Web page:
In 2009 She was awarded the TED Prize for her proposal to establish a global network of Marine Protected Areas (MPA’s),  Dr. Earle is an inspiration to Ocean Crest Alliance and also serves as a principal adviser to our campaign.

In her TED presentation on Mission Blue, she said “I wish you would use all means at your disposal — films! expeditions! the web! more! — to ignite public support for a global network of Marine Protected Areas, “Hope Spots” large enough to save and restore the ocean, the blue heart of the planet; what happens to the ocean over the next ten years will determine its fate for the next 10,000 years,”

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Dr. Guy Harvey

Guy Harvey is a unique blend of artist, scientist, diver, angler, conservationist and explorer, fiercely devoted to his family and his love of the sea. Growing up in Jamaica, Guy spent many hours fishing and diving with his father along the Island’s south coast. He was obsessed with marine life and began drawing pictures of the many different fish he observed.

From his early inspirations, Guy’s natural gift to recreate the underwater realm has propelled him from Professor of Marine Biology to a Wildlife Artist and Photographer. Guy initially opted for a scientific education, earning high honors in Marine Biology at Aberdeen University in Scotland in 1977. He continued his formal training at the University of West Indies, where he obtained a Doctorate in Fisheries Management.

Guy began to travel the world to gain more knowledge of the behavior and activities of marine wildlife. He became an avid scuba diver and skilled underwater photographer. He pioneered a technique of diving and photographing free-swimming billfish. His personal observations made during these diving expeditions have better enabled him to capture the detail in his paintings that contributes to the popularity of his work.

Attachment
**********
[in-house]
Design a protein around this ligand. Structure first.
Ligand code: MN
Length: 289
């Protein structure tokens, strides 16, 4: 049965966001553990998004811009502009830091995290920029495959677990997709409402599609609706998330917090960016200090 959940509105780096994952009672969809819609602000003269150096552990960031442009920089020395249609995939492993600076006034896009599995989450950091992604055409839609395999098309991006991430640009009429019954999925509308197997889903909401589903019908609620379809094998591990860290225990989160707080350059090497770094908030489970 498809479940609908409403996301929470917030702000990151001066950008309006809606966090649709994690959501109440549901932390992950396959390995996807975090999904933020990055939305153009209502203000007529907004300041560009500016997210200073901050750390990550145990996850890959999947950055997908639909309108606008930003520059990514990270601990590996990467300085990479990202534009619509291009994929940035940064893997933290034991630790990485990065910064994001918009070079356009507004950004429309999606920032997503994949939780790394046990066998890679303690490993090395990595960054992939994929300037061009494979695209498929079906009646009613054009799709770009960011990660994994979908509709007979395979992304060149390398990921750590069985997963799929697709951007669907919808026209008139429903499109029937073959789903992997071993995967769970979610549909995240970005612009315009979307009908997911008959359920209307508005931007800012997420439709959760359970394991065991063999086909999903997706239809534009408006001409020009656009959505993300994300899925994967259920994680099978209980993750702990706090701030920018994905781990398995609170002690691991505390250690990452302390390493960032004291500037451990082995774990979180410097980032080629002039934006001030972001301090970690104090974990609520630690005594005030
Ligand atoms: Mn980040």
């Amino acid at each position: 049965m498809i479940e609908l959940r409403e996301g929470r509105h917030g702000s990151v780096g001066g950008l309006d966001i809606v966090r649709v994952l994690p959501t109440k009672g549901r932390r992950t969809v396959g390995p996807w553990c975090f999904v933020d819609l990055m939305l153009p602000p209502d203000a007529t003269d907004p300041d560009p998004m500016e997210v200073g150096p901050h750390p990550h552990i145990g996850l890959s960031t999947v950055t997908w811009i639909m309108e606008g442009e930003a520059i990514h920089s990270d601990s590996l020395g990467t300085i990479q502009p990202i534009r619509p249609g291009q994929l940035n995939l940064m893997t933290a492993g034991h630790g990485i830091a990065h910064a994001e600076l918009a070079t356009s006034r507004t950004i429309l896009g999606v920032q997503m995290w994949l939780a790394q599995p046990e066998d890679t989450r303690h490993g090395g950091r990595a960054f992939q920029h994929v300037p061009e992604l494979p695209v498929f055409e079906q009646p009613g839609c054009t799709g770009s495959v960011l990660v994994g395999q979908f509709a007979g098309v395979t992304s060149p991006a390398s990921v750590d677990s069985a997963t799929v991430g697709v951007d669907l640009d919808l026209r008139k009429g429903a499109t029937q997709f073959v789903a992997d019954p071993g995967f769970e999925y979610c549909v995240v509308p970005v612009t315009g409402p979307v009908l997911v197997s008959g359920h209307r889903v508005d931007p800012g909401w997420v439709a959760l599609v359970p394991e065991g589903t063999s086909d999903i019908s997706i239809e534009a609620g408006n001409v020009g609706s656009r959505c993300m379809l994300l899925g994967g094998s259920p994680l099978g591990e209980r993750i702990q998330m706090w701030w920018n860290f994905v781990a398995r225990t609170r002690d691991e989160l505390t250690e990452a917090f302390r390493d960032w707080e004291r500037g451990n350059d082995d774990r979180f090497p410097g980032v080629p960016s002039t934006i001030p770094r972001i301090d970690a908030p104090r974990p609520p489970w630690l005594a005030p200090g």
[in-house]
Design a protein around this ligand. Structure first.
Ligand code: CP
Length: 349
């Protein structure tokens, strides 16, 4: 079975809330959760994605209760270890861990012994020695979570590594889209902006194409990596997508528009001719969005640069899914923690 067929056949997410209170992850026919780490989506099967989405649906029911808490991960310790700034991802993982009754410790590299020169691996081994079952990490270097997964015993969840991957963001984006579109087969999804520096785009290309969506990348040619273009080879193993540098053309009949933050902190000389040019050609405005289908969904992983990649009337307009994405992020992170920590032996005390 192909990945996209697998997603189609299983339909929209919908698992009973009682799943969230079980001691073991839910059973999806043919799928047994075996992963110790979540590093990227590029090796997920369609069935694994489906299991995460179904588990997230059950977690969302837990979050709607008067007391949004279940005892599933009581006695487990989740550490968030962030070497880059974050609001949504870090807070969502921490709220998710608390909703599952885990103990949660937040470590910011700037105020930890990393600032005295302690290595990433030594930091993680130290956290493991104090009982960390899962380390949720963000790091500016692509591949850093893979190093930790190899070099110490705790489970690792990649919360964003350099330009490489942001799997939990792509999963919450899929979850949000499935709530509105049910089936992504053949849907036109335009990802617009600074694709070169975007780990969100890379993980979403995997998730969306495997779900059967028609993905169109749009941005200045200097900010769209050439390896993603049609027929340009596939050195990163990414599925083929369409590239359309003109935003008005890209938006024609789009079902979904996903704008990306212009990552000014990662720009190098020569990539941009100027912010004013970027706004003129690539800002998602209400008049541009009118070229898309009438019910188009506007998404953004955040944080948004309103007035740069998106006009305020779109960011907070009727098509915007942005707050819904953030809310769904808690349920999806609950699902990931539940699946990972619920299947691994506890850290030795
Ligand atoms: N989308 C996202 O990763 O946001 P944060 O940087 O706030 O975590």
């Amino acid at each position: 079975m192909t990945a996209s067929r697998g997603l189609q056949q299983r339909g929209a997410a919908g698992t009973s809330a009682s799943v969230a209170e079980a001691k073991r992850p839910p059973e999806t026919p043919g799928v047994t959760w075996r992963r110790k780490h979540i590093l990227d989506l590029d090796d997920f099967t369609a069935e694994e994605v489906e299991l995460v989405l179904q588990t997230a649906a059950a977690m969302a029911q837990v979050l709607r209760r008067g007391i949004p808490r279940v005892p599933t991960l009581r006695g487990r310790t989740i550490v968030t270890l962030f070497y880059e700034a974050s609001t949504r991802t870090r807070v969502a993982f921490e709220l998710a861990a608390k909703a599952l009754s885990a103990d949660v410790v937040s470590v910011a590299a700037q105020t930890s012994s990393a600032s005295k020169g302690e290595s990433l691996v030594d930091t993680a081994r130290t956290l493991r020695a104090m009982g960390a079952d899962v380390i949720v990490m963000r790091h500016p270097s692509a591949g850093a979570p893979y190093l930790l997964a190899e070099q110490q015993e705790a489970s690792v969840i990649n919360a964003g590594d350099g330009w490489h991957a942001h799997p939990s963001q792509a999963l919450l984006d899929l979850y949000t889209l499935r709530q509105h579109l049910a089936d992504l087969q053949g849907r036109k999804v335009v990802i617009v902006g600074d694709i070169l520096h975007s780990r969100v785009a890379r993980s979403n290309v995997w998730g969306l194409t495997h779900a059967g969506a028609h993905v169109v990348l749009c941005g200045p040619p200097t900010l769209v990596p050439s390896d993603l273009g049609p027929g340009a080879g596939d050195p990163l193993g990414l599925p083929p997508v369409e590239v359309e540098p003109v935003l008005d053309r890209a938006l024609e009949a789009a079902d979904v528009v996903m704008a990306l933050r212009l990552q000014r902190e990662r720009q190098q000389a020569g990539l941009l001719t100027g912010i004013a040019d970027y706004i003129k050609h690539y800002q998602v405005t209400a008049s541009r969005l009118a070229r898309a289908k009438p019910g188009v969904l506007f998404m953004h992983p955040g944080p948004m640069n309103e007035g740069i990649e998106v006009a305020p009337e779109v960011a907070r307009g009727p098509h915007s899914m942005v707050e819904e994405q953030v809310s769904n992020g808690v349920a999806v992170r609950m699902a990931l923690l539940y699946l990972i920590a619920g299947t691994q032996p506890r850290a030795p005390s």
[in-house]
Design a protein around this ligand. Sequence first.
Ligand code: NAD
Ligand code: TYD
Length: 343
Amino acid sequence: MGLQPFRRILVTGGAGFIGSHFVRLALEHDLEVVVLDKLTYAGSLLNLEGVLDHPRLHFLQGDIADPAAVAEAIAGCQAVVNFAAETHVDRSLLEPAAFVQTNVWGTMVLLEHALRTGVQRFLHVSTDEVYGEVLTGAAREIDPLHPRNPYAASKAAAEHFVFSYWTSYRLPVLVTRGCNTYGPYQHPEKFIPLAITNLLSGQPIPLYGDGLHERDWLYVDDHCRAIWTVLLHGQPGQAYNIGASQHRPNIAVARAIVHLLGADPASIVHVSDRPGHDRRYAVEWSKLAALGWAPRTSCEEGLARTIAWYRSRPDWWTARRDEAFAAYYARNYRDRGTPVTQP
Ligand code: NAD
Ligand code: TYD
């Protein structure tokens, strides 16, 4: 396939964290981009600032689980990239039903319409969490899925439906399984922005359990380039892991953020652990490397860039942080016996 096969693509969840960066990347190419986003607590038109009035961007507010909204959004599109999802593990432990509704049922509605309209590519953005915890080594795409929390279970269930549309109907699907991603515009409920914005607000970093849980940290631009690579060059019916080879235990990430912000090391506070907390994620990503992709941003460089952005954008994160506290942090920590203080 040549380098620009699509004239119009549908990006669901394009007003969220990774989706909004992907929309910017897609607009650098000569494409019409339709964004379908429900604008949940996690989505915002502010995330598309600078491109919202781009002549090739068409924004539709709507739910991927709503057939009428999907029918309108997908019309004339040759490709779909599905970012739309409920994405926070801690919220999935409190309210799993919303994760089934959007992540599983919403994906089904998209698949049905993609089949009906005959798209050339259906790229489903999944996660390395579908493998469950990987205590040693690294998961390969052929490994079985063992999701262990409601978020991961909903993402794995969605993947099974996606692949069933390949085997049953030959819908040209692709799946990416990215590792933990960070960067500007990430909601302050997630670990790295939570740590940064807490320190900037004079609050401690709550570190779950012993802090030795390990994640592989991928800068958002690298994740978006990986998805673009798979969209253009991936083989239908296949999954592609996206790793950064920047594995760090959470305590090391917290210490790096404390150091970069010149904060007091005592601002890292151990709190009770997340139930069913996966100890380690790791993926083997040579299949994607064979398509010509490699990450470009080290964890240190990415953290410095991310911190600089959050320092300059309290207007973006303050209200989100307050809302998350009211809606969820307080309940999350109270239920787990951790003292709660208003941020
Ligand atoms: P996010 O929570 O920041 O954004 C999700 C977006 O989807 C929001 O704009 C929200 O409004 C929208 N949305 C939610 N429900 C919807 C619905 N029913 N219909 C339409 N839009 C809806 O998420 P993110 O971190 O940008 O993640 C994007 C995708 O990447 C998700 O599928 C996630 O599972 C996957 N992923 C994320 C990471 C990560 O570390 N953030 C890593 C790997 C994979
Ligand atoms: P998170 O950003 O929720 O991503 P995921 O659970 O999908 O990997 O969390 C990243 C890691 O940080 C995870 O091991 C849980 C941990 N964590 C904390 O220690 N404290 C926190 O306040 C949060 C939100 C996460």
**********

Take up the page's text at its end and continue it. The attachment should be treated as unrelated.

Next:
As an ardent conservationist, Guy has consistently supported “catch and release” fishing ethics for game fish around the world. He works closely with many conservation organizations to help protect global fishery resources. In 1986, he was selected as Jamaica’s representative to the International Game Fish Association and in 1992 was appointed as a Trustee. Guy’s support of the Pompano Beach Fishing Rodeo and its artificial reef program was highlighted by his sponsorship in 1997 of the sinking of a retired 185-foot ship to create the artificial “Guy Harvey Reef”. In 1998, Guy was voted the IGFA’s first ever “Lifetime Achievement Award” from the World Fishing Awards Committee.

October 2009, Guy Harvey was one of five IGFA Hall of Fame Honorees who was selected for his significant contributions through angling achievements, literature, the arts, science, education, communication and administration of fishery resources.